Cleaning Up from the Last Guy

It’s inevitable, really, as we move through our careers we won’t just be joining teams but replacing people and taking over their previous duties. We also have a tendency to blame many things about the infrastructure on the last guy who ran it. In my duties as a sysadmin and technical account manager I’ve had the very recent opportunity to “pick up the pieces” from two very different situations and administrators in a very short period.

Our client has had several admins in a short period of time (a year or so) and as a result of some poor decisions by those guys along with some terrible documentation we’ve found their environment was essentially crumbling from the inside. When I came on I found three systems with already failed drives, all of our documentation was missing several systems (physical and virtual), access to each system was non-standard (at least it was for the Linux systems) and at least a few devices we have no detail or access information for at all.

This situation was hardly a surprise, the company had fired their previous sysadmin several months prior and hired a new guy just a few days before I was assigned to the account. The physical infrastructure was a mess, to say the least. Once we’ve cleaned up the remaining cabling I’ll be posting another article showing the difference, despite their racks having no space for cable management. Their power distribution units were overloaded, some key parts of the infrastructure weren’t redundant at all.

While we’re in the middle of working on this, our own company’s Senior Sysadmin decided it was time to move on in his career and many of his responsibilities were transferred to me. This appears to have been an almost completely different experience — the vast majority of our environment is documented, we don’t have standard passwords but there are standardized access groups between different systems which were formally handed off, and current/planned projects were also handed off in a formally documented manner. I have little doubt that if anything fails either I or my manager has the access details needed to log in, and that our documentation has enough detail that I can begin working on the issue.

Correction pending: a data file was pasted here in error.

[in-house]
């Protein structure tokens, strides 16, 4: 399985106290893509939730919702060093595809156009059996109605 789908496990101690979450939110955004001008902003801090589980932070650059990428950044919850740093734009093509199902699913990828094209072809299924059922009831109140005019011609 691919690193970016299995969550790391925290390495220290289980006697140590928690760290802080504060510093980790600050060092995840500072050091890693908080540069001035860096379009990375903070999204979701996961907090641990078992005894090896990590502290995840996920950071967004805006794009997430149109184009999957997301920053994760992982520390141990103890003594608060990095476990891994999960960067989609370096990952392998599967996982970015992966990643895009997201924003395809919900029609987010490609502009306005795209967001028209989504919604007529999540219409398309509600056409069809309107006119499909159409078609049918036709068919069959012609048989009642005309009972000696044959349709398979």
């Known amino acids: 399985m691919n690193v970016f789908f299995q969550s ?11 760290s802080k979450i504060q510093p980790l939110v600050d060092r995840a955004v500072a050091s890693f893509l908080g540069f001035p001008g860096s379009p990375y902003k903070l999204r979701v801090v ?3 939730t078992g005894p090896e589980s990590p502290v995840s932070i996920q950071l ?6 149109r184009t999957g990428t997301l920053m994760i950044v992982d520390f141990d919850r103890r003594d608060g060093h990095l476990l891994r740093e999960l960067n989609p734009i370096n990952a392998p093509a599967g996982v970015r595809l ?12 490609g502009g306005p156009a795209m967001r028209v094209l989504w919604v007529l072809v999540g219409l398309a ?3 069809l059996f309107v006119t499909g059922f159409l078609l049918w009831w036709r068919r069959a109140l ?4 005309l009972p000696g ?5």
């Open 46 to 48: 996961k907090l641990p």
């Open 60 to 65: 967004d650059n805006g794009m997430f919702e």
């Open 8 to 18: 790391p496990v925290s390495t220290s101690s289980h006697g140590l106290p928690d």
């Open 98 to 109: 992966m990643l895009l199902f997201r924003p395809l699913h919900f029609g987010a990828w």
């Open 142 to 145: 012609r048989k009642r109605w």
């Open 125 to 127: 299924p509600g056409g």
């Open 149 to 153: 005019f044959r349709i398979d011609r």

Again, this was barely a surprise. This was an admin who kept detailed notes on just about everything. He grew frustrated if any of the techs (or customers, for that matter) broke the cabling convention, much less broke the cable management system he had designed for them. The physical infrastructure is certainly aging, but there are projects in place to replace it and either a good backup that we can restore from if necessary or notes on how the systems are configured that we can rebuild from scratch if it comes to that.

As a relatively new admin gaining much-needed experience, this entire situation has been an eye-opener. The idea of clean-as-you-go (or rather, document as you go) is a grand one. Maintaining a well-documented environment is a key component of being invaluable. Many admins have this notion that if they keep everything a secret then they’ll ensure their own job security — this is true, but only in a limited capacity. If that is your only grasp on job security, that tells me you’re not that good at your job and should probably be replaced anyway. On the other hand, if you have a properly documented environment then 1) you can take vacations and trust you won’t get called because something trivial broke, and 2) the guy who follows you, whether you left voluntarily or by force (or joins your team as it expands) won’t be bad-mouthing you to all of your co-workers and other parts of the local administrative community.

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